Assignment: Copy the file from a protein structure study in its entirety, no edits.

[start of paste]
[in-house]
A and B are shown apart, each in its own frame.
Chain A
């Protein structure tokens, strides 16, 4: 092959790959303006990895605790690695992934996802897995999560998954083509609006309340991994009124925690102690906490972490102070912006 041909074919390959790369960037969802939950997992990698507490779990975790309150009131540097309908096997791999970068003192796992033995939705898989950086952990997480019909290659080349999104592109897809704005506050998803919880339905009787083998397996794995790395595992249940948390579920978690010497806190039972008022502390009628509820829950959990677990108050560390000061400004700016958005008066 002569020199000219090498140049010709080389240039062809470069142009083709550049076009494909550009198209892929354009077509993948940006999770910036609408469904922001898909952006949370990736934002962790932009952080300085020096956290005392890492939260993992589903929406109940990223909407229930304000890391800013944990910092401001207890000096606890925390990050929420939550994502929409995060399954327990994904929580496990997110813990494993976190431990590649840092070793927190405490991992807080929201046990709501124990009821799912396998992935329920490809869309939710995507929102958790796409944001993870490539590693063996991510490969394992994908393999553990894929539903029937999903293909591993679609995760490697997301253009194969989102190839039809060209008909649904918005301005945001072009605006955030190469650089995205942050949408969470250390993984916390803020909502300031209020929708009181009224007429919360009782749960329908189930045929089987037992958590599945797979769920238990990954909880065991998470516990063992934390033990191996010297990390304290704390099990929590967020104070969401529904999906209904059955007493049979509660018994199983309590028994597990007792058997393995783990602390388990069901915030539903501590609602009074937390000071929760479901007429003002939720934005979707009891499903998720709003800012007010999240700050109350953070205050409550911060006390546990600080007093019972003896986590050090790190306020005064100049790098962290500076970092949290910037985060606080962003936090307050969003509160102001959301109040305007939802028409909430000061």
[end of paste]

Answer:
[in-house]
A and B are shown apart, each in its own frame.
Chain A
């Protein structure tokens, strides 16, 4: 092959790959303006990895605790690695992934996802897995999560998954083509609006309340991994009124925690102690906490972490102070912006 041909074919390959790369960037969802939950997992990698507490779990975790309150009131540097309908096997791999970068003192796992033995939705898989950086952990997480019909290659080349999104592109897809704005506050998803919880339905009787083998397996794995790395595992249940948390579920978690010497806190039972008022502390009628509820829950959990677990108050560390000061400004700016958005008066 002569020199000219090498140049010709080389240039062809470069142009083709550049076009494909550009198209892929354009077509993948940006999770910036609408469904922001898909952006949370990736934002962790932009952080300085020096956290005392890492939260993992589903929406109940990223909407229930304000890391800013944990910092401001207890000096606890925390990050929420939550994502929409995060399954327990994904929580496990997110813990494993976190431990590649840092070793927190405490991992807080929201046990709501124990009821799912396998992935329920490809869309939710995507929102958790796409944001993870490539590693063996991510490969394992994908393999553990894929539903029937999903293909591993679609995760490697997301253009194969989102190839039809060209008909649904918005301005945001072009605006955030190469650089995205942050949408969470250390993984916390803020909502300031209020929708009181009224007429919360009782749960329908189930045929089987037992958590599945797979769920238990990954909880065991998470516990063992934390033990191996010297990390304290704390099990929590967020104070969401529904999906209904059955007493049979509660018994199983309590028994597990007792058997393995783990602390388990069901915030539903501590609602009074937390000071929760479901007429003002939720934005979707009891499903998720709003800012007010999240700050109350953070205050409550911060006390546990600080007093019972003896986590050090790190306020005064100049790098962290500076970092949290910037985060606080962003936090307050969003509160102001959301109040305007939802028409909430000061």